|On 4/9/08, Marsh Feldman asked (and answered) the what-to-do question:
> Of course, my comments beg the question of what to do. As a starting point,
> I'd suggest a better analysis of the problem.
Digging through my charlatan's bag of economical cure-alls (and
associated analyses), I retrieve a dusty vial prescribed by a English
factory inspector, R.J. Saunders, in 1848:
"Further steps towards a reformation of society can never be carried
out with any hope of success, unless the hours of labour be limited,
and the prescribed limit strictly enforced."
Eighteen years later, the first congress of the International
Workingman's Association paraphrased our factory inspector in a
"The legal limitation of the working day is a preliminary condition
without which all further attempts at improvements and emancipation of
the working class must prove abortive and The Congress proposes eight
hours as the legal limit of the working day."
Now said resolution for an eight-hour day was adopted 142 years ago,
but as economist Sydney J. Chapman argued in 1909, technological
advance would require the perpetually recurring and progressive
reduction of working time to the extent that today's "utopian dream"
of leisure time would appear as the day-after-tomorrow's timid
Even John Maynard Keynes, to whose name many economists even today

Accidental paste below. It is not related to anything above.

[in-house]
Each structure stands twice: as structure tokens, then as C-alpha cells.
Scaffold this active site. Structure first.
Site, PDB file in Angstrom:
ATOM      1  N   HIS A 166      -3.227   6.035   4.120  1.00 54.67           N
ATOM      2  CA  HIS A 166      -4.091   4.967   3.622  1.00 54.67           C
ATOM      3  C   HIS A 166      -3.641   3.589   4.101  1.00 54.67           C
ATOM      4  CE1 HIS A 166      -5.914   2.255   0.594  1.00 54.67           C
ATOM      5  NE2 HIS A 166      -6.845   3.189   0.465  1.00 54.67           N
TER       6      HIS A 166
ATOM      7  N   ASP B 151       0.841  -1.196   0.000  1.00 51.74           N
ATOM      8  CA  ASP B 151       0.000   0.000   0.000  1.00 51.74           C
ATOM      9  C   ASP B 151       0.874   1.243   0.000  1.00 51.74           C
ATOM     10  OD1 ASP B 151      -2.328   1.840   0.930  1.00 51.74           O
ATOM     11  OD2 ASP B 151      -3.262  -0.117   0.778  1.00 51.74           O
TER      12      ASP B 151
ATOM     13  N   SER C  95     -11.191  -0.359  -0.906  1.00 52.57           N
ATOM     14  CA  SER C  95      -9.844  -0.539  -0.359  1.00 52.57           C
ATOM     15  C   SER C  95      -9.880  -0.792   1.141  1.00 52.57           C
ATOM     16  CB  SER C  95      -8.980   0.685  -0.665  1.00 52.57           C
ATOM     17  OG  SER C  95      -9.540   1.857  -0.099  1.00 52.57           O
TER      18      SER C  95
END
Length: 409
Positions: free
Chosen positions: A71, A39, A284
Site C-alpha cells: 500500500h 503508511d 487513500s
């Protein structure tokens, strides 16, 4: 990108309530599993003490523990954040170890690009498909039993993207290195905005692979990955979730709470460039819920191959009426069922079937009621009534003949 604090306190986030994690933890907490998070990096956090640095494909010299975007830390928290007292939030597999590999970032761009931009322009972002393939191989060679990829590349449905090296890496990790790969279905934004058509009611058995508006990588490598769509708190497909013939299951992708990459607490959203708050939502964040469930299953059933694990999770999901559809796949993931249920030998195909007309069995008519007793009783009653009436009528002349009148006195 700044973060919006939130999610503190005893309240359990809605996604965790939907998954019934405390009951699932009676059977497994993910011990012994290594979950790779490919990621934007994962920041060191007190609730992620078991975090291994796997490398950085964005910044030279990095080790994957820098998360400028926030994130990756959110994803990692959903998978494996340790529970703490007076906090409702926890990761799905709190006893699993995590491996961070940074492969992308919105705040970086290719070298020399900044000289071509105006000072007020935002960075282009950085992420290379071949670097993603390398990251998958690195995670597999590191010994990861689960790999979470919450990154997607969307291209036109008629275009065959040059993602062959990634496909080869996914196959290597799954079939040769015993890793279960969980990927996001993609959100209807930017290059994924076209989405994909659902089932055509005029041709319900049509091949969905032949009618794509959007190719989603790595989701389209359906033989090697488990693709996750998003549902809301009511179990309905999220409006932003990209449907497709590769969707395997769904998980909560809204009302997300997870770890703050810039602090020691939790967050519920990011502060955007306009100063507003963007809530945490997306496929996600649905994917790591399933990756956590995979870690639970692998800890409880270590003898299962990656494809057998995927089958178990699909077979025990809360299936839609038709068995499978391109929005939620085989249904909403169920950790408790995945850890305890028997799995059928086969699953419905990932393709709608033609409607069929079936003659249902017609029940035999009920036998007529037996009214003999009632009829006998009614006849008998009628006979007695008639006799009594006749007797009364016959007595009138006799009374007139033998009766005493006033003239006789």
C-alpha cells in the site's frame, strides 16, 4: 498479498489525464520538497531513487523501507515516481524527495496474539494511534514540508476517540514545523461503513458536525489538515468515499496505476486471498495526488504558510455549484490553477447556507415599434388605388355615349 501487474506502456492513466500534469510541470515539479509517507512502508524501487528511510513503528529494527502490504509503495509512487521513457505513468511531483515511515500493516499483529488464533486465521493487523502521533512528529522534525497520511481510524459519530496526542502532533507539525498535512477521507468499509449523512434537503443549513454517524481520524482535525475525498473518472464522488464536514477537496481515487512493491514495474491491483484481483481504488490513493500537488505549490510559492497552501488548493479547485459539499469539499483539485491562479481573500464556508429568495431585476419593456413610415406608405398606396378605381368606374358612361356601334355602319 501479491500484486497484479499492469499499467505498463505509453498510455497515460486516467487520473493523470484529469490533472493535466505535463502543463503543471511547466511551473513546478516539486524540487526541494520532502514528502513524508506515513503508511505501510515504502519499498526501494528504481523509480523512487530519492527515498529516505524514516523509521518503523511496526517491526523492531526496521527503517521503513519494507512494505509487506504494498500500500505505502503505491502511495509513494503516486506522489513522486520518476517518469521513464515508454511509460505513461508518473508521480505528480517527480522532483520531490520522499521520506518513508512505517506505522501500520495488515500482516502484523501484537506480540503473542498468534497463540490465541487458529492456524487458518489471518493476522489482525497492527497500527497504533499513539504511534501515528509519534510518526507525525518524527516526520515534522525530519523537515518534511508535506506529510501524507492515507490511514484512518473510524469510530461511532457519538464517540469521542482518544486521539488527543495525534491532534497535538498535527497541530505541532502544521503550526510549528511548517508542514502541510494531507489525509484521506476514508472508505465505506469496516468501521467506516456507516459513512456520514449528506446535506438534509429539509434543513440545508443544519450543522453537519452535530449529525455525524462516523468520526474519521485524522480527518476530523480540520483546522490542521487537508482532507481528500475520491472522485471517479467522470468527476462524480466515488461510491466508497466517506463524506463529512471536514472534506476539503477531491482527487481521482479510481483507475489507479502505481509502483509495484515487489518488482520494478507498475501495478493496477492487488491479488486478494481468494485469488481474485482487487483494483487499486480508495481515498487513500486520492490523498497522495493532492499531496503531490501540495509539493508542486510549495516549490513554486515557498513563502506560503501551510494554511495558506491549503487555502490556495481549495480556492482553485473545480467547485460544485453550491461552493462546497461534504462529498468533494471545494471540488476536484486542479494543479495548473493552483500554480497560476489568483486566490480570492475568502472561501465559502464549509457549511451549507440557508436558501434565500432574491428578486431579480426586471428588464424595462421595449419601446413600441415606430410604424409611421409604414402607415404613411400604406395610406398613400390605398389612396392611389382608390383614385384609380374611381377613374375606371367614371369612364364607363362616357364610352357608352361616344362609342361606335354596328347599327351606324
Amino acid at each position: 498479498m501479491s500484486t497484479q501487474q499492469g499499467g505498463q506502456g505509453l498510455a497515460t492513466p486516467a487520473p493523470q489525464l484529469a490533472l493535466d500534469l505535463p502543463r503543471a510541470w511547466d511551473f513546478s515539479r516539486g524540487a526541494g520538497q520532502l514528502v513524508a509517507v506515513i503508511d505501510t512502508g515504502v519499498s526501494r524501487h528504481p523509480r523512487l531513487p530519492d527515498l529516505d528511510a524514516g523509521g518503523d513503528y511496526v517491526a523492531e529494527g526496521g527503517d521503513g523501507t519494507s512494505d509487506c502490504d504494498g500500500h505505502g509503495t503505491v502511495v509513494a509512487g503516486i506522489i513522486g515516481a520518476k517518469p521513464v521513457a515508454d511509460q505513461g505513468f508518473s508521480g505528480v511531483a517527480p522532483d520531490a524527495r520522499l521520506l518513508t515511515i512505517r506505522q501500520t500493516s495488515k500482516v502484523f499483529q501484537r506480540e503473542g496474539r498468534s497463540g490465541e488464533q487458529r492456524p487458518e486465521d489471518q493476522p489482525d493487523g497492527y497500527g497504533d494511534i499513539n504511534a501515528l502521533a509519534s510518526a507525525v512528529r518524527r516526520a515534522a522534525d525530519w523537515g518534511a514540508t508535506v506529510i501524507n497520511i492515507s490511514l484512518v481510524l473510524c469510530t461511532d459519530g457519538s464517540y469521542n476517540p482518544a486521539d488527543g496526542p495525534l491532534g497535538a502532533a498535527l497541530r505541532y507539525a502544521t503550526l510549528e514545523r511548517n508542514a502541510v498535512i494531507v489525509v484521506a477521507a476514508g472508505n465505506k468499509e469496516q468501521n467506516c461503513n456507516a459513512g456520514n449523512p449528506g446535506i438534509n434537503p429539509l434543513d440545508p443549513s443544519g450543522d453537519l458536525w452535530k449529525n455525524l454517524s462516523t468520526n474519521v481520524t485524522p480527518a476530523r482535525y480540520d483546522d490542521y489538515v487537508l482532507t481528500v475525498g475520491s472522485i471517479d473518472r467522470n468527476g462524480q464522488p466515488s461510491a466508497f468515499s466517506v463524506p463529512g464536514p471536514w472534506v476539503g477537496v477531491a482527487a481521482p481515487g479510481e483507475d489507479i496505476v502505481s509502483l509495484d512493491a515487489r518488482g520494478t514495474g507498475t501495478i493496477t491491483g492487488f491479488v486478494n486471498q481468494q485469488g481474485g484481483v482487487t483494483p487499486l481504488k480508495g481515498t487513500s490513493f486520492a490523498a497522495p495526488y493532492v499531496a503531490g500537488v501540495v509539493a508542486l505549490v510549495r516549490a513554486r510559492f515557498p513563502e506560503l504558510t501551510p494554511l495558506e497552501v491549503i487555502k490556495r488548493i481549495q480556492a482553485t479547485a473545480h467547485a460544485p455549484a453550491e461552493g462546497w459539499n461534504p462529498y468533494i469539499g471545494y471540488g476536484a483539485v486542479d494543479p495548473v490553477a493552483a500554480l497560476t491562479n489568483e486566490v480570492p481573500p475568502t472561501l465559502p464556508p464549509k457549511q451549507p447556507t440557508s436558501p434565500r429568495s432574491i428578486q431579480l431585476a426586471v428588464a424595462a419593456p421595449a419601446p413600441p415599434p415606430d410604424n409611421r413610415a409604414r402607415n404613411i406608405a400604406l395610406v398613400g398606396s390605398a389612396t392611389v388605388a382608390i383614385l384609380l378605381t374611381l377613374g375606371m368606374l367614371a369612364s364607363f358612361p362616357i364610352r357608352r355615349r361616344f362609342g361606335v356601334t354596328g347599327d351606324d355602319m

attach an epigonic "-ian", prescribed shorter working time as one of
three "ingredients for a cure" to unemployment and specified that of
the three ingredients, working less was the "ultimate solution."
Way back in 1821, Charles Wentworth Dilke had already defined wealth
itself as disposable time (and nothing more!):
"After all their idle sophistry, there is, thank God! no means of
adding to the wealth of a nation but by adding to the facilities of
living: so that wealth is liberty -- liberty to seek recreation --
liberty to enjoy life -- liberty to improve the mind: it is disposable
time, and nothing more."
But wait! All these ideas about the remedial properties of shorter
work time are based on the insidious and laughable notion that there
is "only a fixed amount of work to go round." How do we know that?
Because unnamed "economists" say so! Because the Wall Street Journal,
the Economist magazine, Paul Samuelson's introductory textbook and
countless audio-animatronic econ professors standing in front
blackboards have for years drilled this gem of revealed wisdom into
the heads of nodding students, business managers and distracted
perusers of the disinterestedly reported public-opinion consensus.
More doctors smoke Camels than any other cigarette -- and the
lump-of-labor fallacy is the best known fallacy in economics (look it
Who to believe? The factory inspector, the Workingman's Association,
Keynes, Chapman, Marx, Dilke (and many more I didn't mention)? Or
unspecified "economists" whose collective anonymous authority goes
unquestioned by paid pimps for perpetual pump-priming? Believe those
guys or your lying eyes?
But, hey, I'm a mere sandwichman bearing a sign, "the end is nigh",
leaping up on his soap box from time-to-time to rant about things that
are either "too complex for ordinary people to comprehend" or "too
simple-minded to be of any real use for policy" or maybe both. As the
Madison Avenue crowd asks, "What good is happiness if it can't buy you
So, what to do? Anything but.